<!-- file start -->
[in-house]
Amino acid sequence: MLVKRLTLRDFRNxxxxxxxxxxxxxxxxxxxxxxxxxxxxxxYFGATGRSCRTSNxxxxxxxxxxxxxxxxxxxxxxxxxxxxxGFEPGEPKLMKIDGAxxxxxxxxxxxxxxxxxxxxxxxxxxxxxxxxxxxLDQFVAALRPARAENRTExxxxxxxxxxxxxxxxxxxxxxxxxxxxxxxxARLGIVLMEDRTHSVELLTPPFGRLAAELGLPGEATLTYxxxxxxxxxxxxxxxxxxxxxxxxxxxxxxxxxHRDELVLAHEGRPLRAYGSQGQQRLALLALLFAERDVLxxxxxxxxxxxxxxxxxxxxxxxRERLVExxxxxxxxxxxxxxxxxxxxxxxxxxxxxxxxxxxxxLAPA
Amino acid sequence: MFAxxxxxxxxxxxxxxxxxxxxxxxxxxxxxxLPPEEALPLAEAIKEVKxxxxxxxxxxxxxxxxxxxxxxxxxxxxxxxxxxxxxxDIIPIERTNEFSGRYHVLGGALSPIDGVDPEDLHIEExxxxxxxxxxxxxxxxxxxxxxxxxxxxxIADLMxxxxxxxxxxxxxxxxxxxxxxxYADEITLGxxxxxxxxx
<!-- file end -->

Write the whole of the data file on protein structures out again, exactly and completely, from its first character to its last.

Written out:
[in-house]
Amino acid sequence: MLVKRLTLRDFRNxxxxxxxxxxxxxxxxxxxxxxxxxxxxxxYFGATGRSCRTSNxxxxxxxxxxxxxxxxxxxxxxxxxxxxxGFEPGEPKLMKIDGAxxxxxxxxxxxxxxxxxxxxxxxxxxxxxxxxxxxLDQFVAALRPARAENRTExxxxxxxxxxxxxxxxxxxxxxxxxxxxxxxxARLGIVLMEDRTHSVELLTPPFGRLAAELGLPGEATLTYxxxxxxxxxxxxxxxxxxxxxxxxxxxxxxxxxHRDELVLAHEGRPLRAYGSQGQQRLALLALLFAERDVLxxxxxxxxxxxxxxxxxxxxxxxRERLVExxxxxxxxxxxxxxxxxxxxxxxxxxxxxxxxxxxxxLAPA
Amino acid sequence: MFAxxxxxxxxxxxxxxxxxxxxxxxxxxxxxxLPPEEALPLAEAIKEVKxxxxxxxxxxxxxxxxxxxxxxxxxxxxxxxxxxxxxxDIIPIERTNEFSGRYHVLGGALSPIDGVDPEDLHIEExxxxxxxxxxxxxxxxxxxxxxxxxxxxxIADLMxxxxxxxxxxxxxxxxxxxxxxxYADEITLGxxxxxxxxx